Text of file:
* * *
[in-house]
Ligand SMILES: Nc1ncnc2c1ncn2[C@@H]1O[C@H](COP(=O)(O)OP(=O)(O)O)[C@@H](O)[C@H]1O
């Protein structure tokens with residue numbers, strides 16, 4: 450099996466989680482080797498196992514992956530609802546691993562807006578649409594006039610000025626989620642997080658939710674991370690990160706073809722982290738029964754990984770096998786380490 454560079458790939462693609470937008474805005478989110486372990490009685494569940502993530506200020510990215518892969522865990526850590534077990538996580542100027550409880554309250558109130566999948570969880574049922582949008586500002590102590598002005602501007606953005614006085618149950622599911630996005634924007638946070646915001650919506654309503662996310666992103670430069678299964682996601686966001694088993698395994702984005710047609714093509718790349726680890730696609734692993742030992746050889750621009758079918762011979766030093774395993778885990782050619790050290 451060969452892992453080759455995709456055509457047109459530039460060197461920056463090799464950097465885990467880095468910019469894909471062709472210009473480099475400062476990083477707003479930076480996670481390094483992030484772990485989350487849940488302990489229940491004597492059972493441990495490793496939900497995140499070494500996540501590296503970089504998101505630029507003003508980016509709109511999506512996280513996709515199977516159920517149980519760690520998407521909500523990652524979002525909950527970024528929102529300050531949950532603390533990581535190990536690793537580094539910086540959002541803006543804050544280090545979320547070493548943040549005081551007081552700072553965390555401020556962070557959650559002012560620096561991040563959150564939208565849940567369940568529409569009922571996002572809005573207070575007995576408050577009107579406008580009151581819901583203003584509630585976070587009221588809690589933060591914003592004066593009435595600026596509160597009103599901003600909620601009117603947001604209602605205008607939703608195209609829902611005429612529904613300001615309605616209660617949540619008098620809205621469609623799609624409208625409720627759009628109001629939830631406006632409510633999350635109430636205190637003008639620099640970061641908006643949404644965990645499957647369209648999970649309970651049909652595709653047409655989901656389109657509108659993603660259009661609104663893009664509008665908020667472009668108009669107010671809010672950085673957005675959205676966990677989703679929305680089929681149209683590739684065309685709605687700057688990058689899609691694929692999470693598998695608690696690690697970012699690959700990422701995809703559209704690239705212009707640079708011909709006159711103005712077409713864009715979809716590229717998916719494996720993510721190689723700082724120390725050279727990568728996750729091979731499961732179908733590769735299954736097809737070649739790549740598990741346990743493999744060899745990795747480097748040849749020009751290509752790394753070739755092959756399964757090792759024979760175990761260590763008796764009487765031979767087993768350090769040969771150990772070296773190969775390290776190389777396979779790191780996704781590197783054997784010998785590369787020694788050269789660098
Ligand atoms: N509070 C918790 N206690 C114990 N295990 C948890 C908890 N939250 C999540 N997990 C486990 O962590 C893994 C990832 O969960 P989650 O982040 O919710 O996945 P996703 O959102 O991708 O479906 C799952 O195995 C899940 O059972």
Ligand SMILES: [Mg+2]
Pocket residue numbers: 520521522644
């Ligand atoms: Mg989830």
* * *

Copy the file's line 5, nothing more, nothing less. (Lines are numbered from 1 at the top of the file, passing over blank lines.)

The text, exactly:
Ligand SMILES: [Mg+2]